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Fuzzypaws wrote:
Also note that scouting ahead is /incredibly/ dangerous in PF2, since even low level monsters have effectively legendary Perception and high level ones can easily trump an utterly min maxed rogue with the best possible Stealth in the game. Scouting means you die.

This was kind of why I asked... that unless I’ve misinterpreted things, even an utterly min maxed (for stealth) rogue is not going to be able to do this in practice, even vs relatively weak monsters for his level.

Plus there’s no longer much difference between between a supposedly big dumb ogre or a very well trained sentry - the ogre is still pretty likely to spot Pete if they are similar level.

Means a pretty classic fantasy role (and one I love) isn’t a playable concept in 2E.

Grand Lodge

JulianW wrote:
Fuzzypaws wrote:
Also note that scouting ahead is /incredibly/ dangerous in PF2, since even low level monsters have effectively legendary Perception and high level ones can easily trump an utterly min maxed rogue with the best possible Stealth in the game. Scouting means you die.

This was kind of why I asked... that unless I’ve misinterpreted things, even an utterly min maxed (for stealth) rogue is not going to be able to do this in practice, even vs relatively weak monsters for his level.

Plus there’s no longer much difference between between a supposedly big dumb ogre or a very well trained sentry - the ogre is still pretty likely to spot Pete if they are similar level.

Means a pretty classic fantasy role (and one I love) isn’t a playable concept in 2E.

I wouldn't say its totally unplayable. I just think its a little more open to GM adjudication.

For example if someone scouting ahead was to come across a clearing with a fortress guarded by eagle eyed guards, as long as the scout said I want to remain hidden, a GM could easily rule that the guards are focused on the gate rather than trying to spot people hidden in the bushes and not require a perception check for the guards.

A less forgiving GM might force you to make additional checks as you come across the clearing and roll perceptions for the guards anyhow.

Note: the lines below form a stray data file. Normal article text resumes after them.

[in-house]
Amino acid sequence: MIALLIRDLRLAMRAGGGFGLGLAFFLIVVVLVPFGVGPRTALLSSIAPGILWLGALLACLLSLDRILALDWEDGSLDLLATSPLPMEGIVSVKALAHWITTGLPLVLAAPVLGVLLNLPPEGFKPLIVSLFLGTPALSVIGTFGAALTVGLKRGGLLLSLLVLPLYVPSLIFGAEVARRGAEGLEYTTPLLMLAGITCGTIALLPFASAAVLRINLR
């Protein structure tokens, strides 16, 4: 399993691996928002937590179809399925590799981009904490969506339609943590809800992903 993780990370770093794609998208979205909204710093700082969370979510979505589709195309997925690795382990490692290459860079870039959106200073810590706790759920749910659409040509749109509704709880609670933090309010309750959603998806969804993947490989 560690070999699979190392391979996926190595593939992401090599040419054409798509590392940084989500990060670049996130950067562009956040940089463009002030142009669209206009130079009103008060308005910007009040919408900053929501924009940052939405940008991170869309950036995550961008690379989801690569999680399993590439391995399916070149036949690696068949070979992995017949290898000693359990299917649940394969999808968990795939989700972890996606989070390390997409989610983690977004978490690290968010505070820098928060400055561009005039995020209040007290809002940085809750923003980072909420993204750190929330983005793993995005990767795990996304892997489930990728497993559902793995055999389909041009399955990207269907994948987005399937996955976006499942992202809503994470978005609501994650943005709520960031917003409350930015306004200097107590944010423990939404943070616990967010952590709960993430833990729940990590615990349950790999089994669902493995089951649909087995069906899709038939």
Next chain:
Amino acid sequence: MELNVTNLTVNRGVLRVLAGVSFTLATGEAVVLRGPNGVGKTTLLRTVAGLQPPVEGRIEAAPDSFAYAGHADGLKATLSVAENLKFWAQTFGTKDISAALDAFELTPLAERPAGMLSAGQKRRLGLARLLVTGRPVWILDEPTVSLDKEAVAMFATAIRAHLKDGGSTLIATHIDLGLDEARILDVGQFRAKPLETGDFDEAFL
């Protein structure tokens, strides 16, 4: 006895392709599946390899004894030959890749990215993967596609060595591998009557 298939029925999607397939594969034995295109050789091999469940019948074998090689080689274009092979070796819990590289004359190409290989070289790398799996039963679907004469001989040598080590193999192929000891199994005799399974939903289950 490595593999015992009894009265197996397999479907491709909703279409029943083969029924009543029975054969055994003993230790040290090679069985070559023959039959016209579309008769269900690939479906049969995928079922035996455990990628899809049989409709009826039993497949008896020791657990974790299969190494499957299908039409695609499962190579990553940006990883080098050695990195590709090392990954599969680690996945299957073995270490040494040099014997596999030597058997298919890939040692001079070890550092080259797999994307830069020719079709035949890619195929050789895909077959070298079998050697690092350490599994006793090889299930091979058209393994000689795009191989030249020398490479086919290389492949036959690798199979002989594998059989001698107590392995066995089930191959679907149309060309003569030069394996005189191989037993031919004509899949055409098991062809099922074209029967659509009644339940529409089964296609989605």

Now if you wanted to try and sneak inside, that a different matter entirely. At that point your interacting with the encounter alone and deserve the wrath it brings.

How I would rule scouting ahead is that your intent is not to actually encounter the next obstacle, but gain some insight as to when, where and what it is. just like how another character might study maps or history books to gain knowledge of the obstacles ahead. At the very most I would only benefit the players with a bonus on their initiatives for an encounter that has been scouted. that and the knowledge of what to expect should be enough to keep the scouting character happy without affecting the encounter to much.


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Quijenoth wrote:


How I would rule scouting ahead is that your intent is not to actually encounter the next obstacle, but gain some insight as to when, where and what it is. just like how another character might study maps or history books to gain knowledge of the obstacles ahead. At the very most I would only benefit the players with a bonus on their initiatives for an encounter that has been scouted. that and the knowledge of what to expect should be enough to keep the scouting character...

Pretty much this - the usual objective is to allow the party to decide if they want to retreat, to talk to it, fight it or try to travel a different way before they are right next to it and / or have a plan before they get into initiative.

That's usually plenty of advantage without any mechanical pluses.


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Found the answer - Pete needs to take terrain mastery skill feat a lot.

That lets him do this kind of 'sneak up to an unaware enemy' stuff very reliably in the right terrain.

By 4th level he can have all four of the listed terrains (underbrush, reeds, rubble and snow)

Much happier now.

However I can see arguments with some GMs that involve the line 'but I have ALL the published terrain types, what do you mean scrub doesn't count as underbrush, you're just making up new ones to negate my feats!'